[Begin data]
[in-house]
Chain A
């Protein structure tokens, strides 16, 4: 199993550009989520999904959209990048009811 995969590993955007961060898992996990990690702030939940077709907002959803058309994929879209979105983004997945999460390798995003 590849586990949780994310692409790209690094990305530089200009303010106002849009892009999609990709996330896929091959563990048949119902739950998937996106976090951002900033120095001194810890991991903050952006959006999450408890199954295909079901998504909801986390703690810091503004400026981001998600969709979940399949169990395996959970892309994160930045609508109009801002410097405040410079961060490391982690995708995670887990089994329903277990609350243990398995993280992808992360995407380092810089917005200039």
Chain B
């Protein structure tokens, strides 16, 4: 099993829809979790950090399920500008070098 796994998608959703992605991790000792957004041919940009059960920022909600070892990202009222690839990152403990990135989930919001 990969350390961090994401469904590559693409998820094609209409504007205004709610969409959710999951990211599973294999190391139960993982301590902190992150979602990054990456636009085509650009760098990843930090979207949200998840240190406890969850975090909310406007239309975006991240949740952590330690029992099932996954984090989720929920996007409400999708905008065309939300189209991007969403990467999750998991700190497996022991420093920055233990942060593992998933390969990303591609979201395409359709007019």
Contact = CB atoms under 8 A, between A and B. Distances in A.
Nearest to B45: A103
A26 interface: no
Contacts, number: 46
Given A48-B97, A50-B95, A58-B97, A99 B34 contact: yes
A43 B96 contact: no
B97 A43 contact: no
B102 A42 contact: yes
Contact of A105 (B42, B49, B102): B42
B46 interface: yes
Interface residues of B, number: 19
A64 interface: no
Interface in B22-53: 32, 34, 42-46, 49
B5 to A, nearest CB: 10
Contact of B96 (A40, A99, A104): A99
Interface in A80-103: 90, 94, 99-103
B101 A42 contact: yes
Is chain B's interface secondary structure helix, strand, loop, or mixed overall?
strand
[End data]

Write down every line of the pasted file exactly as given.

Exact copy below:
[in-house]
Chain A
């Protein structure tokens, strides 16, 4: 199993550009989520999904959209990048009811 995969590993955007961060898992996990990690702030939940077709907002959803058309994929879209979105983004997945999460390798995003 590849586990949780994310692409790209690094990305530089200009303010106002849009892009999609990709996330896929091959563990048949119902739950998937996106976090951002900033120095001194810890991991903050952006959006999450408890199954295909079901998504909801986390703690810091503004400026981001998600969709979940399949169990395996959970892309994160930045609508109009801002410097405040410079961060490391982690995708995670887990089994329903277990609350243990398995993280992808992360995407380092810089917005200039």
Chain B
């Protein structure tokens, strides 16, 4: 099993829809979790950090399920500008070098 796994998608959703992605991790000792957004041919940009059960920022909600070892990202009222690839990152403990990135989930919001 990969350390961090994401469904590559693409998820094609209409504007205004709610969409959710999951990211599973294999190391139960993982301590902190992150979602990054990456636009085509650009760098990843930090979207949200998840240190406890969850975090909310406007239309975006991240949740952590330690029992099932996954984090989720929920996007409400999708905008065309939300189209991007969403990467999750998991700190497996022991420093920055233990942060593992998933390969990303591609979201395409359709007019």
Contact = CB atoms under 8 A, between A and B. Distances in A.
Nearest to B45: A103
A26 interface: no
Contacts, number: 46
Given A48-B97, A50-B95, A58-B97, A99 B34 contact: yes
A43 B96 contact: no
B97 A43 contact: no
B102 A42 contact: yes
Contact of A105 (B42, B49, B102): B42
B46 interface: yes
Interface residues of B, number: 19
A64 interface: no
Interface in B22-53: 32, 34, 42-46, 49
B5 to A, nearest CB: 10
Contact of B96 (A40, A99, A104): A99
Interface in A80-103: 90, 94, 99-103
B101 A42 contact: yes
Is chain B's interface secondary structure helix, strand, loop, or mixed overall?
strand